Tobacco use is the leading cause of preventable death in the United States. It kills more than 400,000 Americans annually—more than HIV/AIDS, alcohol, car accidents, illegal drugs, murders, suicides and fires combined.
About 50,000 victims are adult nonsmokers who die because of exposure to secondhand smoke. Tobacco use also exacts a huge financial toll, costing the nation $96 billion in health care expenditures and another $97 billion in lost productivity annually.
Studies show that implementing proven, cost-effective policy approaches like higher tobacco taxes and smoke-free laws will protect Americans’ health and save health care dollars.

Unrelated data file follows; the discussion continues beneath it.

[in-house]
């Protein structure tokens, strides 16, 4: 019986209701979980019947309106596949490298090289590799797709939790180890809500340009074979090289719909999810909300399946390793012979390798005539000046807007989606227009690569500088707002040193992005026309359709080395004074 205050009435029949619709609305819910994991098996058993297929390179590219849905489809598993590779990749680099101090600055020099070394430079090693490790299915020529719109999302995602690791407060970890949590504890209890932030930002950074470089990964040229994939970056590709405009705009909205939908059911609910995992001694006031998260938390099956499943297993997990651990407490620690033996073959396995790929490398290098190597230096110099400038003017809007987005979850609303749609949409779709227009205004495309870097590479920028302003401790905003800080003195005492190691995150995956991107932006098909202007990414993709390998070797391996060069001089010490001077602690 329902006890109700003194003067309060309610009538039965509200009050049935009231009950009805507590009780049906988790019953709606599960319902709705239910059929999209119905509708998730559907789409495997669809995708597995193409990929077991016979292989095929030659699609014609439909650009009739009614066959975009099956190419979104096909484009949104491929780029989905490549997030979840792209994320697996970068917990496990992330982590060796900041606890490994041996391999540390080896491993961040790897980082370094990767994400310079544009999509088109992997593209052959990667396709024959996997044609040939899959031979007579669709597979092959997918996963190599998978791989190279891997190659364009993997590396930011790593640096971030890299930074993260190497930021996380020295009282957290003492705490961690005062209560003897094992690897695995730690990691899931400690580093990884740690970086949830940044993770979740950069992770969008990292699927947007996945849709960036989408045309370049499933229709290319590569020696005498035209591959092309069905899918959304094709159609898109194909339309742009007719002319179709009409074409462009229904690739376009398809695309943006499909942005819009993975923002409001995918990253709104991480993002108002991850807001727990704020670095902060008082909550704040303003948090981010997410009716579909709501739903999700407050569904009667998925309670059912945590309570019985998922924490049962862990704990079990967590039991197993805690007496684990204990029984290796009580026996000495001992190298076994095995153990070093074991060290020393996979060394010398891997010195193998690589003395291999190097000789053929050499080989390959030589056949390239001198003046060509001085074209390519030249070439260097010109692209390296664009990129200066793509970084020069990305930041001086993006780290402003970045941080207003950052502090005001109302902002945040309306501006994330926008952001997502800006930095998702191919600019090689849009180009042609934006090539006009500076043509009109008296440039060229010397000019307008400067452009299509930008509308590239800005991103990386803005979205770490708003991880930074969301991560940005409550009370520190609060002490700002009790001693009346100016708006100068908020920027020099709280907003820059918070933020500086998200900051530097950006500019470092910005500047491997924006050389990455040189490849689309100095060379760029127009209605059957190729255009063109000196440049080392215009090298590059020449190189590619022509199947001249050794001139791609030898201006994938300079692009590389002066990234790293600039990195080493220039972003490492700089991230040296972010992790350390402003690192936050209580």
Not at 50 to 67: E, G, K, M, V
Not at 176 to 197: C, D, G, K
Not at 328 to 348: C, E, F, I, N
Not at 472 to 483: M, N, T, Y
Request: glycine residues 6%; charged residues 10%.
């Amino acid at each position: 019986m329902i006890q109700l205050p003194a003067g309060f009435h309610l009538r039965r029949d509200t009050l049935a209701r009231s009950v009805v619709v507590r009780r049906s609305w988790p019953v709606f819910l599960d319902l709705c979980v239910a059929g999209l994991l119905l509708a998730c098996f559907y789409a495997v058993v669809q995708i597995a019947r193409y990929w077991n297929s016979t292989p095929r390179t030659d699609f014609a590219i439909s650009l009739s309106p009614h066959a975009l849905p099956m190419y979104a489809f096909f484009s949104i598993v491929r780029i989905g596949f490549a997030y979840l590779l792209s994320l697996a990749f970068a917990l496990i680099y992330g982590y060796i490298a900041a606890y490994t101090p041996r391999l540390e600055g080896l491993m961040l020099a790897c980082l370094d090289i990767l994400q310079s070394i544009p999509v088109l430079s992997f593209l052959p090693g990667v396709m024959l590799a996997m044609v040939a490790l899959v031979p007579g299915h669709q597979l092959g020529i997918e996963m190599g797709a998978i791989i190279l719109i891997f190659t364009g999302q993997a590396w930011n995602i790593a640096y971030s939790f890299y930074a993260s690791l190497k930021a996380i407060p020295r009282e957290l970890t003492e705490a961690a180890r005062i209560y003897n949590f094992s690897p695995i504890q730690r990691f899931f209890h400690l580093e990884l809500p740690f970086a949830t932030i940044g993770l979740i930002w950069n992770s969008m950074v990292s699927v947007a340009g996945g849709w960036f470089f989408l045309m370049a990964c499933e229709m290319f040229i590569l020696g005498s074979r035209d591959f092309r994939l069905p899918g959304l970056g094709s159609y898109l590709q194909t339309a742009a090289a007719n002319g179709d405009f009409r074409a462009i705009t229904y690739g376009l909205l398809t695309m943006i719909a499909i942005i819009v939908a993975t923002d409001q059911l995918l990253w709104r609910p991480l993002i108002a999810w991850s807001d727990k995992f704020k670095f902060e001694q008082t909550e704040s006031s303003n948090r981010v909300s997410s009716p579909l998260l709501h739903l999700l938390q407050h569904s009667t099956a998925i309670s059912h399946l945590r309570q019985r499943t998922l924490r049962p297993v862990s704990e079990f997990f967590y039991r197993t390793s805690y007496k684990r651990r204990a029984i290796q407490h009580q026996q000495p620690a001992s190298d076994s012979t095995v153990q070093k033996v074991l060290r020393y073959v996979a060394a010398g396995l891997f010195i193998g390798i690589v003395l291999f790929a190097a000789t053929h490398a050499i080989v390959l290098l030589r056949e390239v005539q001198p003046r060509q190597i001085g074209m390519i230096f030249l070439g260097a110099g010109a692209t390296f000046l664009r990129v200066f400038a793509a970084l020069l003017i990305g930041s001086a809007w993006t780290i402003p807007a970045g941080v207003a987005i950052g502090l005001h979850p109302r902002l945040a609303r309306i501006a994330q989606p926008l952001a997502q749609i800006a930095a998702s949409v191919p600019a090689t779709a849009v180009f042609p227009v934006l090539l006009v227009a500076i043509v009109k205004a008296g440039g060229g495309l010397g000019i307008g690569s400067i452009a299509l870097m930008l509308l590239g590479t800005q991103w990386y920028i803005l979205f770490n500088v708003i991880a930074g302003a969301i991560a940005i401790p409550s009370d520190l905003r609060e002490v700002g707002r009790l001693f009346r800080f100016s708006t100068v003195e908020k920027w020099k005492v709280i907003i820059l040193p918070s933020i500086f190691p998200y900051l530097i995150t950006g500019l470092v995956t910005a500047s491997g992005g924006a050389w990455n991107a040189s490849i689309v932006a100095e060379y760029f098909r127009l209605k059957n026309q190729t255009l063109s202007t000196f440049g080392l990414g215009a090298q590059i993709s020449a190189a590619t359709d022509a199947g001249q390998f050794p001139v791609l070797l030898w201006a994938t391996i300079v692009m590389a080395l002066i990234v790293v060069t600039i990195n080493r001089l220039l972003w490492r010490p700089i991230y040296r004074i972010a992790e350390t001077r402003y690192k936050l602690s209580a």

Yet cuts in state prevention and cessation programs and uneven application of smoke-free laws and tobacco taxes are hurting efforts to curtail smoking.
A national strategy that incorporates efforts on the federal, state and local levels can bolster the fight against tobacco.
This Health Policy Snapshot, published online in November 2011, examines the proven policies that reduce tobacco use and why progress has stalled.
Read more from RWJF's Health Policy Snapshot series.